Sunday 8 April 2012

Trip to Bhagalpur- Pureni and Miranchak Clusters

 Visit to Pureni 

Pureni, a place about 12 km from Bhagalpur, is known for its thicker deniers of Silks. At one time, it was feeding to a lot of exporters, but now only a few have remained.

A lot of government initiative has gone into the development of those clusters. One of those is the opening of several of these centers where handloom general facilities and dyeing facilities are provided.

In Pureni, a lot of weavers are working for master weavers based in Nathnagar and Bhagalpur. The picture below shows a Dupatta in Viscose and Dupion being woven for an exporter. 

A very heavy sheeny fabric is in demand for home furnishing. The picture below depicts one such fabric made in dupion. With a price of Rs. 500 plus per meter in production, it is turly for the discerning.

In handloom, different methods are used at different places to hold on the fabric. The picture below shows a typical cross style of gripping the fabric.

A look at the chamber dyeing machines at weavers service center. The machines are so new that it is evident that these are hardly used.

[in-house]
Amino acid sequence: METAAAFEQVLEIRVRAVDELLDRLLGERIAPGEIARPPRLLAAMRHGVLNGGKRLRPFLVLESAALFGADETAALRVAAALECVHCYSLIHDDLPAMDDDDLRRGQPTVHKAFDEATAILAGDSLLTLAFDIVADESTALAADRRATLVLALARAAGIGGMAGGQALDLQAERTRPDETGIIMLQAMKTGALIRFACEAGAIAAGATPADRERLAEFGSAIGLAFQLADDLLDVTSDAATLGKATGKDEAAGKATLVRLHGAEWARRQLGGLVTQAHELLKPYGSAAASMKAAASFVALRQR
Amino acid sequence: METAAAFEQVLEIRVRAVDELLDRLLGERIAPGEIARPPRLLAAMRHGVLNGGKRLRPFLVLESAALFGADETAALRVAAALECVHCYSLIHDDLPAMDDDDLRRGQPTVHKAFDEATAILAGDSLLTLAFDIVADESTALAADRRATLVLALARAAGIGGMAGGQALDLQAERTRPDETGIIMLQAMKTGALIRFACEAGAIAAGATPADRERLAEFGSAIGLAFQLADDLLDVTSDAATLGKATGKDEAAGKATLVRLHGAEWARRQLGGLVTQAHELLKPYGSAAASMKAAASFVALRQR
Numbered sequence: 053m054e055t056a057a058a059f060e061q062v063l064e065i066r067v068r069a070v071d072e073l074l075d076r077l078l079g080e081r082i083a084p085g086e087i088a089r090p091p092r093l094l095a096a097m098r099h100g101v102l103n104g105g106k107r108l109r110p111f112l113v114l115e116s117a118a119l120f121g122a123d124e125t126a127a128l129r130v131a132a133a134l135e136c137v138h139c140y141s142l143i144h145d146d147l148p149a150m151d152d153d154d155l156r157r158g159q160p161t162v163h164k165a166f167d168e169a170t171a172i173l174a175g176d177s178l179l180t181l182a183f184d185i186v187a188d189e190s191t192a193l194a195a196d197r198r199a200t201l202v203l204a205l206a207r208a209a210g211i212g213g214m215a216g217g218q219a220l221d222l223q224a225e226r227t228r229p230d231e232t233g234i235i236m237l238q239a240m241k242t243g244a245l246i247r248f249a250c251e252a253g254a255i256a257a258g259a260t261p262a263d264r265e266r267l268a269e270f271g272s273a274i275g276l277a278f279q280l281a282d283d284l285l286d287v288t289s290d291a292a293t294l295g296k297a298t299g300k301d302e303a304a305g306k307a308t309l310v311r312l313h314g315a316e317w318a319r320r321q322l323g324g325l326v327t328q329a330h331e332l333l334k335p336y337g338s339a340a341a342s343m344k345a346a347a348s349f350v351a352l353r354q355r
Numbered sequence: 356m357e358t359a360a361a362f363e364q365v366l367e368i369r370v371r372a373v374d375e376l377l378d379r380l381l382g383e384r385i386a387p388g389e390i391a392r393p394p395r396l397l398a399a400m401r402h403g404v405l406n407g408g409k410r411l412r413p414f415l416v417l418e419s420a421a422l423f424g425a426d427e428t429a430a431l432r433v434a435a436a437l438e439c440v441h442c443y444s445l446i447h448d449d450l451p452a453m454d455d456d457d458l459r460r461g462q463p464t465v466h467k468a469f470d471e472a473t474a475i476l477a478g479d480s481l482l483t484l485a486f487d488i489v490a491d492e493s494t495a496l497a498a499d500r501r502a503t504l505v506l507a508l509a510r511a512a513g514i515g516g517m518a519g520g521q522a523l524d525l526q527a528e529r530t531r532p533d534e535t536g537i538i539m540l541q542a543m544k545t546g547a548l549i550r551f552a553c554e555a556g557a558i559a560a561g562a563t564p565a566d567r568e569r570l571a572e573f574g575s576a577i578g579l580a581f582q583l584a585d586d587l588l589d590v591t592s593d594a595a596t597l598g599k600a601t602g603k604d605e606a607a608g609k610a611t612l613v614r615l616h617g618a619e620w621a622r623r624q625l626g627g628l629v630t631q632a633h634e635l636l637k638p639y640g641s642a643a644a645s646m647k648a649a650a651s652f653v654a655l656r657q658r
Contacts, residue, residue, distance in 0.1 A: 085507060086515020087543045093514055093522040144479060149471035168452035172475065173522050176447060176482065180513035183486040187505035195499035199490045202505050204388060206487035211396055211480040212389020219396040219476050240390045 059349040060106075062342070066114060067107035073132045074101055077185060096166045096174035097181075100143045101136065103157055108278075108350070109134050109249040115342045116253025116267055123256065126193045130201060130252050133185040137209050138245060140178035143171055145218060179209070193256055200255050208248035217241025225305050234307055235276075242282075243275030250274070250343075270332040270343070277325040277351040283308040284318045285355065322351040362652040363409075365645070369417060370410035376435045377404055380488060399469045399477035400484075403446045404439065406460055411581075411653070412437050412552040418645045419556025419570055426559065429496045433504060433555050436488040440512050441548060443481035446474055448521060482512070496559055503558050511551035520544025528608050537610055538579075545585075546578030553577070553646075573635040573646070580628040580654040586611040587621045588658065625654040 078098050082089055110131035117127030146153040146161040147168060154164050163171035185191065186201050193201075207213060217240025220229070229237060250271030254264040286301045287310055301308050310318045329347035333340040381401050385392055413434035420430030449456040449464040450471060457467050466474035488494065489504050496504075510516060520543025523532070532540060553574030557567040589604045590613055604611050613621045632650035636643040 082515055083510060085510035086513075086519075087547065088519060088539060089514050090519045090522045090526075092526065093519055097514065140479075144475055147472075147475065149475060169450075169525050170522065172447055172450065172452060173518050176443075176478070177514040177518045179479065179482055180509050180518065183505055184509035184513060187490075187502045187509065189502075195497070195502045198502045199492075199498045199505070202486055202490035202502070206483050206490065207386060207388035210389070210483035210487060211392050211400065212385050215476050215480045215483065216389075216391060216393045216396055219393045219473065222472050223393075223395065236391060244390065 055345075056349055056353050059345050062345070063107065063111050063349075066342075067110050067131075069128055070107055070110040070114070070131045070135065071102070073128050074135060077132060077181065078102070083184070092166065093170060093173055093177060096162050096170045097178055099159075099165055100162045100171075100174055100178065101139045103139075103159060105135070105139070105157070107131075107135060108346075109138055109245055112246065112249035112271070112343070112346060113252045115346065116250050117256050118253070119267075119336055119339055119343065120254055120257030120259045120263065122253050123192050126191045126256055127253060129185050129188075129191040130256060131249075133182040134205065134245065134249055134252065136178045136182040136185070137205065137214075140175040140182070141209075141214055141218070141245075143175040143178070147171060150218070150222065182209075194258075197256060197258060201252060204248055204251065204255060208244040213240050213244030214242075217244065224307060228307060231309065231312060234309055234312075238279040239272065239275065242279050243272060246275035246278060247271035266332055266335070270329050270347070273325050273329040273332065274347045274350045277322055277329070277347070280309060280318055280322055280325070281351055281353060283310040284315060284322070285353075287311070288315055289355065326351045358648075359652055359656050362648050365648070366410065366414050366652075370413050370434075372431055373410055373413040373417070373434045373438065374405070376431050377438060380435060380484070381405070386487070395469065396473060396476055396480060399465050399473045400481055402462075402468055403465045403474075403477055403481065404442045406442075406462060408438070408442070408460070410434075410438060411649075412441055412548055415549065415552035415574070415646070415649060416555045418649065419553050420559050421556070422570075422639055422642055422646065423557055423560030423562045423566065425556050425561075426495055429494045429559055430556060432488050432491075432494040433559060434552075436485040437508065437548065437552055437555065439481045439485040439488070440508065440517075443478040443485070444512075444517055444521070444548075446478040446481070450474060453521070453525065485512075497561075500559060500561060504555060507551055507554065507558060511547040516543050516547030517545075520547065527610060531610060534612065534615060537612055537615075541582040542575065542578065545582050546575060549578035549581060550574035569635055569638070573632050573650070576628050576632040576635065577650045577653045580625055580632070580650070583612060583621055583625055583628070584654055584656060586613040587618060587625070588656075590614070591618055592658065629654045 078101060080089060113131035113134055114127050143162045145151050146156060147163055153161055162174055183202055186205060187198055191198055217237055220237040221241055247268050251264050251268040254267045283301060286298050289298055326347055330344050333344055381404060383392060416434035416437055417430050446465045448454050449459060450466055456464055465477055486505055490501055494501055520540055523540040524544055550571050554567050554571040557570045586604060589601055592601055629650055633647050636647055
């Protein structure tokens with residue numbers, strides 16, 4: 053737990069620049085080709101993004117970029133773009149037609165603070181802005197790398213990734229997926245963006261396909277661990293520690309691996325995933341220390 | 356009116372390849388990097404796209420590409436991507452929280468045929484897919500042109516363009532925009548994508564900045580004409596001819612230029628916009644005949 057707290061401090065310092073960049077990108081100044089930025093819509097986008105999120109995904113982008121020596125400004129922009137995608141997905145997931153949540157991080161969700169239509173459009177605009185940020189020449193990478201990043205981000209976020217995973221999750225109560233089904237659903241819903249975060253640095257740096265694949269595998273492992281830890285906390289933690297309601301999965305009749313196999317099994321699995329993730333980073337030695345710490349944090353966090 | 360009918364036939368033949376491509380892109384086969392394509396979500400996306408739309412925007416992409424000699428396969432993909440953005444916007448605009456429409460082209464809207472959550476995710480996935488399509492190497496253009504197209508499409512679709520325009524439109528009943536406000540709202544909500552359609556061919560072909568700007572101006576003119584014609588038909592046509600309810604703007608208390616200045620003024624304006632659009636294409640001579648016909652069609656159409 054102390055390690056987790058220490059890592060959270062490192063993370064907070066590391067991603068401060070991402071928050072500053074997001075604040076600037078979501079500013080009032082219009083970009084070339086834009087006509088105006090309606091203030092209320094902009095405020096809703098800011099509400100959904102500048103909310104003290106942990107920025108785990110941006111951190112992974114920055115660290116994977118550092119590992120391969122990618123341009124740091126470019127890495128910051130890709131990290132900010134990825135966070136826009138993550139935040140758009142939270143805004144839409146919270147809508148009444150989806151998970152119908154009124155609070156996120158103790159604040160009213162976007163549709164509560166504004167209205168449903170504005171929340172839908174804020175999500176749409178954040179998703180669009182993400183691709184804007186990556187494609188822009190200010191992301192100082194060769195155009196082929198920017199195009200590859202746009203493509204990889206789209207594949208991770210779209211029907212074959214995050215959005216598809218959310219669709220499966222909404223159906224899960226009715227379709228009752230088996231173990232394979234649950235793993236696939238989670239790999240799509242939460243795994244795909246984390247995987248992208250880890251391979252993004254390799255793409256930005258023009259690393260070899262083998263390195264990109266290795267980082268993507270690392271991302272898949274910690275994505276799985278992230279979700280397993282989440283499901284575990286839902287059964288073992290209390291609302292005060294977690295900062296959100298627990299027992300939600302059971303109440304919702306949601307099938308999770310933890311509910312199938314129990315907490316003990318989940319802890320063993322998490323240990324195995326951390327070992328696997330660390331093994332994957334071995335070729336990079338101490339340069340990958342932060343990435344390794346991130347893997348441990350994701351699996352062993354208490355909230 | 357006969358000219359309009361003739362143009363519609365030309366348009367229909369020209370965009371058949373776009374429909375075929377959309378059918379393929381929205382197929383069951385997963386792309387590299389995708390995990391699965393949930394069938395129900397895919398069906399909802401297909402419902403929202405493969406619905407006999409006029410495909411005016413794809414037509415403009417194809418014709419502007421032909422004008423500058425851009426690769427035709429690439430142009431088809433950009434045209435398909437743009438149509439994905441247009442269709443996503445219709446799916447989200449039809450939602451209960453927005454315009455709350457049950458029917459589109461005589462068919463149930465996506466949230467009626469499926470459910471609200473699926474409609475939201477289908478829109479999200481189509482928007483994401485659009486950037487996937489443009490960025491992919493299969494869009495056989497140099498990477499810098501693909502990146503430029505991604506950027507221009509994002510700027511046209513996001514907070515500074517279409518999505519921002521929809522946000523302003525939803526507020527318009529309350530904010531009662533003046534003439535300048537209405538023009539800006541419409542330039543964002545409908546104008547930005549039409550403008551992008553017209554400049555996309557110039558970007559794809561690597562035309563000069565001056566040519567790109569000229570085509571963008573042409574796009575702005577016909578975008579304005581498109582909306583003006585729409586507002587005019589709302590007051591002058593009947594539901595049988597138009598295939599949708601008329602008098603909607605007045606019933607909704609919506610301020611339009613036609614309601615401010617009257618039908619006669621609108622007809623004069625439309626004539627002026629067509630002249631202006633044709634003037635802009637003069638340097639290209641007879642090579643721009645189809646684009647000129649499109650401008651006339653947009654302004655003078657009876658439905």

A look at the sari woven at the service center. The motif is in Jamdani style, where the extra weft is inserted using big sewing needles.

Type of Yarns

This yarn is a single Matka yarn. Matka yarn is made from waste of Mulberry Silk

The yarn below is ghicha yarn from Pureni. Ghicha from Pureni is finer than that from Baghaiya.

The yarn below is a twist of Matka yarn and Dupion yarn.

Yarn below is called Matka Throwester Also called ( 27/1). It is made up from Waste of Katan Silk. It is also called Matka 85, as it was first used in 1985. Second picture is a close of the yarn. The yarn is very slubby and very soft.

The yarn below is the twisted Throwster ( 27/2).

The yarn below is Dupion yarn. Characterized by soft twist and feel, it adds sheen to any thing it is woven with. 

The fabric below is made up of Valkal, the yarn obtained from the link by which cocoon is held on the tree. Very costly.

Visit to Miranchak 

Picture below is that of a cho cho yarn. Generally it is made from waste silk. However the yarn below is that of viscose.

The picture below depicts the mat made out of cho-cho yarn.

A look at the weaver community there. 

A sari being woven there using polyester in weft.

A look at the school at Miranchak

A fabric using Matka 85+Dupion and matka.

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